In comparison to other countries, the homelesesness in USA is small, yet it receives a majority of the media coverage. What is a global reality of homelessness is that those who are homeless are regarded as a nuisance, as vermin, scoundrels and generally not regarded as human - as equals. Essentially, they are non-persons, they are not claimed by any country, culture or family.

Our world is filled with social outcasts, not because of the unique nature of humanity, but because of our ability and willingness to discriminate and separate living beings into categories - with each category having it's own corresponding set of opinions and/or beliefs. Our beliefs and opinions are contrary to the very nature of life - that nature including diversity, uniqueness, equality, interdependence - we are the ones who have taken these aspects of the natural state of life and twisted them to be ugly, spiteful, hurtful, abusive and filled with hate. We are the ones who have taken it upon ourselves to determine that some variations of life and nature are inferior to others.

We do this even within our own kind - we inflate differences of colour, gender, culture and nationality into giants, misshapen and grotesque. We baulk at the idea of unity, giving the excuse that our differences are too many and too extreme - but we are the ones who made these differences matter so much. We are the ones who have decreed that if one has money, then one has status, and if one does not have money, then one is not a "one" anymore - what was once a human becomes a vagabond, hobo or vagrant and is automatically perceived as lazy, dirty and uneducated. We, who pride ourselves in our "humanity", pass and enforce laws that even further diminish the rights and services that those who are no longer regarded as "worthy" are entitled to having.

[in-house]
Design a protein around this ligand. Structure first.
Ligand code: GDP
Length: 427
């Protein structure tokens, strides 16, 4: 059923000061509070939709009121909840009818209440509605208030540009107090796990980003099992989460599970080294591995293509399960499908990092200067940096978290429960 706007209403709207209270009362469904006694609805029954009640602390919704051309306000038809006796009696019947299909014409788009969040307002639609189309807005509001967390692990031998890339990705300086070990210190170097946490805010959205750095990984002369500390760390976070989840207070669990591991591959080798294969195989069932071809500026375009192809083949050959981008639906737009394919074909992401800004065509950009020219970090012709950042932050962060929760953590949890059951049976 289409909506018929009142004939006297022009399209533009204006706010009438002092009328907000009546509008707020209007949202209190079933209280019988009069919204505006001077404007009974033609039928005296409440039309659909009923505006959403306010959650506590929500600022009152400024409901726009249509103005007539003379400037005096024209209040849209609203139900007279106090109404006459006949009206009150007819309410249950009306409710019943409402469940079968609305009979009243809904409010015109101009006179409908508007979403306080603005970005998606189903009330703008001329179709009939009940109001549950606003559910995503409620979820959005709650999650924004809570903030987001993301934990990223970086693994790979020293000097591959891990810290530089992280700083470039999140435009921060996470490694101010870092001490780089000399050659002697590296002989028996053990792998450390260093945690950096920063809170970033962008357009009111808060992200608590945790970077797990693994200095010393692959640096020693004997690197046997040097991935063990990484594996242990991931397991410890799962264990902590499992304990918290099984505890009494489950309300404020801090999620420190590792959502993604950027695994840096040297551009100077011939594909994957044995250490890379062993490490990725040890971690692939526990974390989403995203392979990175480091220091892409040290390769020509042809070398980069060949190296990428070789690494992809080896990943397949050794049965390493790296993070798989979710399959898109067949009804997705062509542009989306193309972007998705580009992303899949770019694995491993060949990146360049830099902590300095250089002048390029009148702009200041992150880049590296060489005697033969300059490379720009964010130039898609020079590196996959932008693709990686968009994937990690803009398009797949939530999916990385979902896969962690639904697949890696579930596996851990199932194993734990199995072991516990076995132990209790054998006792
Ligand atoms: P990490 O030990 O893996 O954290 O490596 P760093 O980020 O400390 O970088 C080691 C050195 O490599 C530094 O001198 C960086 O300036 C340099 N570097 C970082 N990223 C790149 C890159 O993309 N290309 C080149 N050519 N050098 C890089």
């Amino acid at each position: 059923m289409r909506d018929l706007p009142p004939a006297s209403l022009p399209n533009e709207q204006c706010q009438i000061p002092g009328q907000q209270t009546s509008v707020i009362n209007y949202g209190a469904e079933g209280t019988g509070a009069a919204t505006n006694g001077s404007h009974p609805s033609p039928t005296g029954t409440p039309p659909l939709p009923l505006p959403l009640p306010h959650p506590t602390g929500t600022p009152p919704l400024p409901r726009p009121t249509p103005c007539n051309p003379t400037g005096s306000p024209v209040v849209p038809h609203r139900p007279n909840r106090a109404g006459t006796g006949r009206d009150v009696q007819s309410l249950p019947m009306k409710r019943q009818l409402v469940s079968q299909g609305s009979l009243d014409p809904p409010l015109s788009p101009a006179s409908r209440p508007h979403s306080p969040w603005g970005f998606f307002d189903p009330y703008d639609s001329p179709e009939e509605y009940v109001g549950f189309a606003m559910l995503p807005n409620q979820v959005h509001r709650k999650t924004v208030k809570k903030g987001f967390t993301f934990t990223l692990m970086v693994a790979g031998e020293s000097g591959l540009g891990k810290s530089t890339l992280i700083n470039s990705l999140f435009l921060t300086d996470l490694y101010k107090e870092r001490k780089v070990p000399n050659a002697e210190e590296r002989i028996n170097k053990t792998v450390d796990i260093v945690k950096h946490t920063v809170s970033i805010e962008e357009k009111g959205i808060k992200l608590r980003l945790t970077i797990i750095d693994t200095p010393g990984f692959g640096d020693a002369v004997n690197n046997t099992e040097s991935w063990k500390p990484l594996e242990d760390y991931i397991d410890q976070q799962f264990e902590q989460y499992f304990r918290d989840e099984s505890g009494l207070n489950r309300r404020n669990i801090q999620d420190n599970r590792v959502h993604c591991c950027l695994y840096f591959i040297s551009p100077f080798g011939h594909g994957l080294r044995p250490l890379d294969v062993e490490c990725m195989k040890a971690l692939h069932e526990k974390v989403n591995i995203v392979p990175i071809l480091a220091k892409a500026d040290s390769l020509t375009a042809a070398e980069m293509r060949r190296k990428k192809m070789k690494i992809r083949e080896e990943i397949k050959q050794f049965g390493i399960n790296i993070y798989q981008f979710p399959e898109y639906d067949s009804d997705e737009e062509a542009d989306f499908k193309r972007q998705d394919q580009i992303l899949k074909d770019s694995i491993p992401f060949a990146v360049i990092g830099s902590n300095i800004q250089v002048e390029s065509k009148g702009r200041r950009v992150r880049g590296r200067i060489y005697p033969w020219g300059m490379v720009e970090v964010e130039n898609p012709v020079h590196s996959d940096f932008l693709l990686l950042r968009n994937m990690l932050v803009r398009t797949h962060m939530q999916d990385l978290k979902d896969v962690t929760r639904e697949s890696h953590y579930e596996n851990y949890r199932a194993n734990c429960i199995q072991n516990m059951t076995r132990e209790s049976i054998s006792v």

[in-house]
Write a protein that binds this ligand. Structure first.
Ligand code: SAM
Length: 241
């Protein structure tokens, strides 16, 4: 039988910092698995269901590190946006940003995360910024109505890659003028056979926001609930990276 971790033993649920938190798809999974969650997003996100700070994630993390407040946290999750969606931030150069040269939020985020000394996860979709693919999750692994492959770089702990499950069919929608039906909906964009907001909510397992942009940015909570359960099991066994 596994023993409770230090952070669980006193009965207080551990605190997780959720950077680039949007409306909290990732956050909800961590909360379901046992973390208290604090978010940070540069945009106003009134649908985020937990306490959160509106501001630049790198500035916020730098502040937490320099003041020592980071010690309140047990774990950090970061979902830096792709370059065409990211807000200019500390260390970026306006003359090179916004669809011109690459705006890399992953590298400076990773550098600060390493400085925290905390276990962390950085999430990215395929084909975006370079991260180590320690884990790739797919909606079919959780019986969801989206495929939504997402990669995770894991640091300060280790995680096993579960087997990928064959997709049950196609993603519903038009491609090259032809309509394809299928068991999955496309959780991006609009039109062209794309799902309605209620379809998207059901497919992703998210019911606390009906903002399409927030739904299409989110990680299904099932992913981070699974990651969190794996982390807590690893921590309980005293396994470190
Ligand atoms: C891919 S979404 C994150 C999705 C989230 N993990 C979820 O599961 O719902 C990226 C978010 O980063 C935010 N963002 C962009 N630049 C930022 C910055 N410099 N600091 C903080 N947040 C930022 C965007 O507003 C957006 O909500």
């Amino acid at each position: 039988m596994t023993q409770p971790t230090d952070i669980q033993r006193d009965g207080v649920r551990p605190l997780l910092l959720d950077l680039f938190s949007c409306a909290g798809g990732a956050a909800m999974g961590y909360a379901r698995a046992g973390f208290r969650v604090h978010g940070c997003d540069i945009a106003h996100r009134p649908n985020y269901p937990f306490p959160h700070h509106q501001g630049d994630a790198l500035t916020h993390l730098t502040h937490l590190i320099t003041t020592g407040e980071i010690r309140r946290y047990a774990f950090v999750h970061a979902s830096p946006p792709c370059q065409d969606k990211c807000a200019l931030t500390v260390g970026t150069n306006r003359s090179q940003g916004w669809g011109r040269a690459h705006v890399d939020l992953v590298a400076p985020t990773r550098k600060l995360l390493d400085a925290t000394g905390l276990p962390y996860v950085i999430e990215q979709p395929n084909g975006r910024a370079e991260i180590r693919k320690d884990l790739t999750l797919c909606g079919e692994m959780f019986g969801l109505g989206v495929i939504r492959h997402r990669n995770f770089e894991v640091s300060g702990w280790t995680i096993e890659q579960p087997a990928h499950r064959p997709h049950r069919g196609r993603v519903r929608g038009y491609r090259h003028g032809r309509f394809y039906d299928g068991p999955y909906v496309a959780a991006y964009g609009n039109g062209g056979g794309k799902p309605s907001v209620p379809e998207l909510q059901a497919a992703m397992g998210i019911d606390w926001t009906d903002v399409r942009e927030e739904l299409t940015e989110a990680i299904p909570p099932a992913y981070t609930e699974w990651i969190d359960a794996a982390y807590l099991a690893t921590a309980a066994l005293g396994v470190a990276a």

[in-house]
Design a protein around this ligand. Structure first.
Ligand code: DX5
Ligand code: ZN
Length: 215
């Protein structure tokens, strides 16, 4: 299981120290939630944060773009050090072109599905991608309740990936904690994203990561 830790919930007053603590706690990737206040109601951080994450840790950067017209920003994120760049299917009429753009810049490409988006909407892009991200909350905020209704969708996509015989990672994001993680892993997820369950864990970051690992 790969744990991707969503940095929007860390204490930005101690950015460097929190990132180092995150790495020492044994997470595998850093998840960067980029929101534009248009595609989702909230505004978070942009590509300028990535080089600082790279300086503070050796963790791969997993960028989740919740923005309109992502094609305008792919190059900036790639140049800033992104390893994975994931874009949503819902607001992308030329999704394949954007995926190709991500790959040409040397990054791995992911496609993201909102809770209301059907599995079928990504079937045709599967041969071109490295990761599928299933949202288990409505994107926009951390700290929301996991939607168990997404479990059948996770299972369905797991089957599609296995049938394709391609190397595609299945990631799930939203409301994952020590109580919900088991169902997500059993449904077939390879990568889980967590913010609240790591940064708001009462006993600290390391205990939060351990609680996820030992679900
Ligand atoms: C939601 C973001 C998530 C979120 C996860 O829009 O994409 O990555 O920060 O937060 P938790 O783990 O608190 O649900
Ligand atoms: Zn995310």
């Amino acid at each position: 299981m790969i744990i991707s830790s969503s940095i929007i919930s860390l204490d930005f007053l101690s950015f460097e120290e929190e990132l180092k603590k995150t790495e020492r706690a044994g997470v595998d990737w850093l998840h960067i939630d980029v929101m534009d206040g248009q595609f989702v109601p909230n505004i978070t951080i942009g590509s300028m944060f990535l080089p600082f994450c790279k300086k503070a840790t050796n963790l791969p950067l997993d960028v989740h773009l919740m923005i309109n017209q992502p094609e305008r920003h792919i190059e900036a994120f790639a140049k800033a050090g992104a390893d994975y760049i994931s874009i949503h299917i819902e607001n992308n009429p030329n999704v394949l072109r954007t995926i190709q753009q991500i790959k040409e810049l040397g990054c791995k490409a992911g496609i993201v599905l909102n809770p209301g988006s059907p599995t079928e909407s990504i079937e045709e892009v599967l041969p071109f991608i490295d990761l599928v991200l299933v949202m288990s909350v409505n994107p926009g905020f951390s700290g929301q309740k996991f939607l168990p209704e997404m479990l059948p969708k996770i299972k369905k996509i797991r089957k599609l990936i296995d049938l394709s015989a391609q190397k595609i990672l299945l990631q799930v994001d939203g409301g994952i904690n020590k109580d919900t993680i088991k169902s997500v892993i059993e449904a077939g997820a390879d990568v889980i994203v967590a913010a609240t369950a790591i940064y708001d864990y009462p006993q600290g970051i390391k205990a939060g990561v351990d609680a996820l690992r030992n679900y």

As if this wasn't bad enough, a large part of these "non-persons" are children - born into a life of vagrancy absent choices. No one controls when, where and to whom one is born. A child born into a life of poverty has very little chance of living a life of dignity at any point in their existence. Living like that, on the streets, malnourished, uneducated, freezing in winter and baking in summer - it changes who someone is on a fundamental level - it alters physical development, mental development, social development - essentially stunting the person in every area of development, practically guaranteeing that their lives will be miserable and hateful and that they have almost no chance of helping themselves into a better life.

This is a global issue requiring a global solution. Grassroots efforts may change the lives of a few people, but it does not address and provide solutions for the cause of the problems. We must be realistic - this doesn't mean that we should be pessimistic. We are, after all, the masters of our own fates.